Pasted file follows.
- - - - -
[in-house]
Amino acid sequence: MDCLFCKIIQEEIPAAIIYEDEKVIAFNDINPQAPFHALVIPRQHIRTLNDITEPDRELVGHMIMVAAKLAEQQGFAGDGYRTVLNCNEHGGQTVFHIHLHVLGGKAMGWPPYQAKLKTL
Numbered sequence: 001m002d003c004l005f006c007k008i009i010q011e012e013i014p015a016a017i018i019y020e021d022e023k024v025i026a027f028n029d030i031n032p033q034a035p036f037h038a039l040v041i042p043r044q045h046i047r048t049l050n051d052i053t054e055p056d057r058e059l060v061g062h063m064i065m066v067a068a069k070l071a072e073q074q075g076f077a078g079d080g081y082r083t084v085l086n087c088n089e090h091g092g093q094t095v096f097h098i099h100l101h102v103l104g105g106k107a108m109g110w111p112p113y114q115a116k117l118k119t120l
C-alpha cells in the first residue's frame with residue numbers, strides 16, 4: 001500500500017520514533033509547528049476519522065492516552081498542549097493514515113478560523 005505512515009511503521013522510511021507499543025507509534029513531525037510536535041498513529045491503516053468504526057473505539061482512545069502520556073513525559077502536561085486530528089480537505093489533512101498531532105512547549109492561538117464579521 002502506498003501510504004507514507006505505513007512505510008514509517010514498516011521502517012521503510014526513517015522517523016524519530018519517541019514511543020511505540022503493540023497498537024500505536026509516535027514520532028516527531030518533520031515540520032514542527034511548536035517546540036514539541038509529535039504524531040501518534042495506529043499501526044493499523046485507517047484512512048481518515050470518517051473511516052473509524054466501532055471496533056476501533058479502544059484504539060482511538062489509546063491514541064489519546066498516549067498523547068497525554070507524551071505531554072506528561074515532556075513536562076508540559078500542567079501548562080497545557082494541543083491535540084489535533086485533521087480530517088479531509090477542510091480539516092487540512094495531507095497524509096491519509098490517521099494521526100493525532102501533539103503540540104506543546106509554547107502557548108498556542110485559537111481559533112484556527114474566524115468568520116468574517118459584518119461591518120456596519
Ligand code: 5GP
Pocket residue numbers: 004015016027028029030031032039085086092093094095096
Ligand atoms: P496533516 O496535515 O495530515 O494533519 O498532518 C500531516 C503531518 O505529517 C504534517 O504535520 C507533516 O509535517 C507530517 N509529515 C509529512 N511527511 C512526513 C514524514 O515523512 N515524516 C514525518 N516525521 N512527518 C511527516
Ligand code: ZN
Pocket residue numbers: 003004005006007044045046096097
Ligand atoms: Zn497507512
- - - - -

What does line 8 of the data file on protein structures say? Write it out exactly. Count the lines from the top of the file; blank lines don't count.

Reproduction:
Ligand code: ZN